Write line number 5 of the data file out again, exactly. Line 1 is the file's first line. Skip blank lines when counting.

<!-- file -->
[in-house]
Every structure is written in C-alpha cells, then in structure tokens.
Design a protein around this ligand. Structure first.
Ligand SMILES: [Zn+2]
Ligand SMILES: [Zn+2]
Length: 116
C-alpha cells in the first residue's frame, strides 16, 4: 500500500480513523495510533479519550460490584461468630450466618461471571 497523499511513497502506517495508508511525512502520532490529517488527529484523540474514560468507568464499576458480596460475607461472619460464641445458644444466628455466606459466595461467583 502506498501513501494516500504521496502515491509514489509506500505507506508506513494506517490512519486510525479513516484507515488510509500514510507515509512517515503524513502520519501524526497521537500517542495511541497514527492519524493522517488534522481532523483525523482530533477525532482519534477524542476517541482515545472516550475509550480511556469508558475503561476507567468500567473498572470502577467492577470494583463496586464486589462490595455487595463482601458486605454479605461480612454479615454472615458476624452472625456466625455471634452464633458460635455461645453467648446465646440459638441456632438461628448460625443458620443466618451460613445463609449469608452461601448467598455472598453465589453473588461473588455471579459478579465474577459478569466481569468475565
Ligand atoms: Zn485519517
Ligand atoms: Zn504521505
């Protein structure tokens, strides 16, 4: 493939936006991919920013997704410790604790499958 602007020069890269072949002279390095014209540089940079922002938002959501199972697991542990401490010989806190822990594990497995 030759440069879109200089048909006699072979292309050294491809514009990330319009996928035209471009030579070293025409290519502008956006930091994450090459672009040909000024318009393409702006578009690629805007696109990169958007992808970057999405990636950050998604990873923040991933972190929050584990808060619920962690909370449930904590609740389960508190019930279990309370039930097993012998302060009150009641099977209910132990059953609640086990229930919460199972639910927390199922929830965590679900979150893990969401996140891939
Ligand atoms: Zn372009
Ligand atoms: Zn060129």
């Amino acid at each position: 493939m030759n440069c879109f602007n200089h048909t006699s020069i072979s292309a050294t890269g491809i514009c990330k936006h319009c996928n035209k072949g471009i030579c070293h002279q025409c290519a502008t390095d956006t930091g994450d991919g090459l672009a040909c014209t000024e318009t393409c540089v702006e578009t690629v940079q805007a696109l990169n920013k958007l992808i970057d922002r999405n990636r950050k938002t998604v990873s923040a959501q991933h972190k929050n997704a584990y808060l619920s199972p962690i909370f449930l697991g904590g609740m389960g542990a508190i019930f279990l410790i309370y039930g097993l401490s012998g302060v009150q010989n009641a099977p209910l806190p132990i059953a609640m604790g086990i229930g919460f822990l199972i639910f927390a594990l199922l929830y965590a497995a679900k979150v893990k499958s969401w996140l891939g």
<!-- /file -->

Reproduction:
Ligand SMILES: [Zn+2]